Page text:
Concurrently, for assisting the hand-over of the disks D after the stepwise transfer to the delivering positions, arrangements are made to move the disk transfer chuck means 23a to 23d reciprocably between retracted positions where they hand over the disks D to disk chuck means 40 provided in the washing 3a and rinsing stage 3b of the working section 3 and a chuck means 102 of a spindle 100 provided in the drying stage 3c, as will be described in greater detail hereinlater, and advanced positions where they can move in the horizontal direction free of interference of the cooperating chuck means.

As seen from the operation diagram shown in FIG. 10, the stepwise feeder means 21 is firstly retained in the disk receiving position to receive a disk or disks D, and, after a shift to the fore position, moved back to the disk delivering position and retracted into the receded position to hand over the disk or disks D. Then, it is moved into a stand-by position with a shift again into the fore position. In this state, the washing, rinsing and drying operations are effected on the disks D which are located in the washing, rinsing and drying stages 3a to 3c of the working section 3, respectively. Upon completion of these operations, the stepwise feeder means 21 is shifted to the disk receiving position to pick up the disks D. This cycle of operation is repeated to transfer the disks D successively from the loader section 2 to the washing state 3a, rinsing stage 3b, drying stage 3c and unloader section 4.

The washing and rinsing stages 3a and 3b are each provided with a disk chuck means 40 as shown in FIGS. 11 to 13 thereby to hand over a disk D to and from the corresponding transfer chuck means. The disk chuck means 40 is provided with three chuck members 41 which are adapted to hold the outer periphery of a disk D. In order to avoid interference with the transfer chuck means 23a to 23d, these chuck members 41 are so located as to grip a disk D in a position with a predetermined phase difference from the transfer chuck means 23a to 23d. The disk chuck means 41 which is also adapted to hold the outer periphery of a disk has, similarly to the transfer chuck means 23a to 23d, large diameter disk chuck members 41 and small diameter disk chuck members 41' which are detachable in case of washing operations for large diameter disks.

Each one of the chuck members 41 of the disk chuck means 40 is mounted on a lever 42 which is pivotable for switching the chuck member 41 between a disk holding position and a disk releasing position. As shown in FIG. 12, the lever 42 is mounted on a shaft 44 which is inserted in a bearing bush 43, and reciprocally rotated through a predetermined angle upon rotating the shaft 44. Each one of the shafts 44 has the other end thereof connected to a drive lever 45 which is in turn connected to an arm 46. As clear from FIG. 13, each arm 46 has the other end thereof connected to a rotary disk 47 which is connected to a cylinder 48 through a lever 49.

Accordingly, as the cylinder 48 is operated to turn the rotary disk 47 in the direction of arrow A in FIG. 13, the drive lever 45 is turned in the direction of arrow B in the same figure, causing the shaft 44 to rotate in the same direction. As a result, the levers 42 are turned in the direction of arrow C to move the chuck member 41 outward into the disk releasing position away from the disk D. If the cylinder 48 is operated to turn the rotary disk 47 in the opposite direction, the chuck member 41 is moved inward to hold the disk D.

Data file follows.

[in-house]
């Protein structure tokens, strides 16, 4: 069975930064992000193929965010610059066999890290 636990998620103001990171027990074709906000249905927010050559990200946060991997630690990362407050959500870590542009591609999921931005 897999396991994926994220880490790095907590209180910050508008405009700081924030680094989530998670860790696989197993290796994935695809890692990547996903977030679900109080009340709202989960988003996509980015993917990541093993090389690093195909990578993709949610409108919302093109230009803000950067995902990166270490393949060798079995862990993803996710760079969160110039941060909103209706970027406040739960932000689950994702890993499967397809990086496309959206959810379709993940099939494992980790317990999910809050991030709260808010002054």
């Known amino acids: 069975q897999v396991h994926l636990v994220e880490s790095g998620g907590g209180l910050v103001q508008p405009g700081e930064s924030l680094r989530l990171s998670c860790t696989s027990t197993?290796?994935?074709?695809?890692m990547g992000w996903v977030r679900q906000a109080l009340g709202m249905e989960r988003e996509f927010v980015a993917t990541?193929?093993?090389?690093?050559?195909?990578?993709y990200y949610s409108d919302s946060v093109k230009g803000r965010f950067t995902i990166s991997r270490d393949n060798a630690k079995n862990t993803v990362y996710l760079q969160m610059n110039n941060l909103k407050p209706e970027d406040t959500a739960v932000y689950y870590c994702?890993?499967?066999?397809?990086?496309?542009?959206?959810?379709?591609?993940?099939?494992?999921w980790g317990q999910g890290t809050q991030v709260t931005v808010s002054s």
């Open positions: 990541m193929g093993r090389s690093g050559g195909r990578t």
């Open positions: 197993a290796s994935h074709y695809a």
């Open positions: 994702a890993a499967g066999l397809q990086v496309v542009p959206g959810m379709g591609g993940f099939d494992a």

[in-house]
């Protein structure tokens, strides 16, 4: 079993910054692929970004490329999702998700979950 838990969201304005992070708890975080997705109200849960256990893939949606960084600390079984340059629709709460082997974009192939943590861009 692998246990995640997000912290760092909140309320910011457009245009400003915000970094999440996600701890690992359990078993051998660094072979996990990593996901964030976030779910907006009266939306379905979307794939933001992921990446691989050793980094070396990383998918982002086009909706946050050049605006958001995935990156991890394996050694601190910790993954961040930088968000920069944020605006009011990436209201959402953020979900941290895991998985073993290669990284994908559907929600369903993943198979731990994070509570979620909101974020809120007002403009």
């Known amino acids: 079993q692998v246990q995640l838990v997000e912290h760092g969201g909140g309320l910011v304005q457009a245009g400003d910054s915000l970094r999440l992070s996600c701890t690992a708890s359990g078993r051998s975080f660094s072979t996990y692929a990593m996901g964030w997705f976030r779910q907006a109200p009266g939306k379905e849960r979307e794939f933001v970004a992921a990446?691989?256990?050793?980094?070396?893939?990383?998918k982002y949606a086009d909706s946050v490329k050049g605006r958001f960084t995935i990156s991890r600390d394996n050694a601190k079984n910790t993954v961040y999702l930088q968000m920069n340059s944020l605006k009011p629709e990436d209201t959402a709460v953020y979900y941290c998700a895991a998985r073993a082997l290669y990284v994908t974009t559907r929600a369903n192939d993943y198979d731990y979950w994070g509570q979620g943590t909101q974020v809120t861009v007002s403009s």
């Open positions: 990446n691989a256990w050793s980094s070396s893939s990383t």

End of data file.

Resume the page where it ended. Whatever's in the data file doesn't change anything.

The disks D are securely held in the chuck members 40 in the washing and rinsing stages 3a and 3b as they receive the washing or rinsing treatment there. Besides, the washing and rinsing treatments are effected on the entire surfaces of the disk D including not only its front and rear faces but also edge portions at its inner and outer peripheries.

The washing and rinsing of disks D are carried out by the use of brushes including, as shown particularly in FIG. 14, face brushes 50 and 51 to be held in abutting engagement with the front and rear faces of the disk D and edge brushes 52 and 53 to be held in abutting engagement with the inner and outer peripheral edges of disks D. These brushes 50 to 54 are of soft and flexible material like sponge, and provided in each of the washing and rinsing stages 3a and 3b symmetrically on the opposite sides of a median border line L between the washing and rinsing stages 3a and 3b (FIG. 16).

For washing and rinsing the disks D, the brushes 50 to 54 as well as the disks D have to be put in rotation. In this connection, although the brushes 50 to 54 are positively driven to rotate, the disks D are not directly coupled with a rotational drive means. Namely, the respective disks D are caused to rotate by the brushes, which are in contact with the disks D, in such a manner as to follow the rotational movements of the brushes.

More specifically, as shown in FIG. 15, the face brushes 50 and 51 which grip therebetween the front and rear faces of a disk D are held in contact with the disk D in a sectoral shape, so that, when the face brushes 50 are rotated in the direction of arrow X, the disk D is caused to rotate in the direction of arrow Y, following the movements of the brushes 50 and 51. Further, since one edge brush 53 which is in abutting engagement with the outer periphery of the disk D is rotated in the same direction as the face brushes 50 and 51, the disk D is indirectly driven to rotate smoothly. The chuck members 41 which hold the disk D are rotatable in the respective positions to permit rotation of the disk D.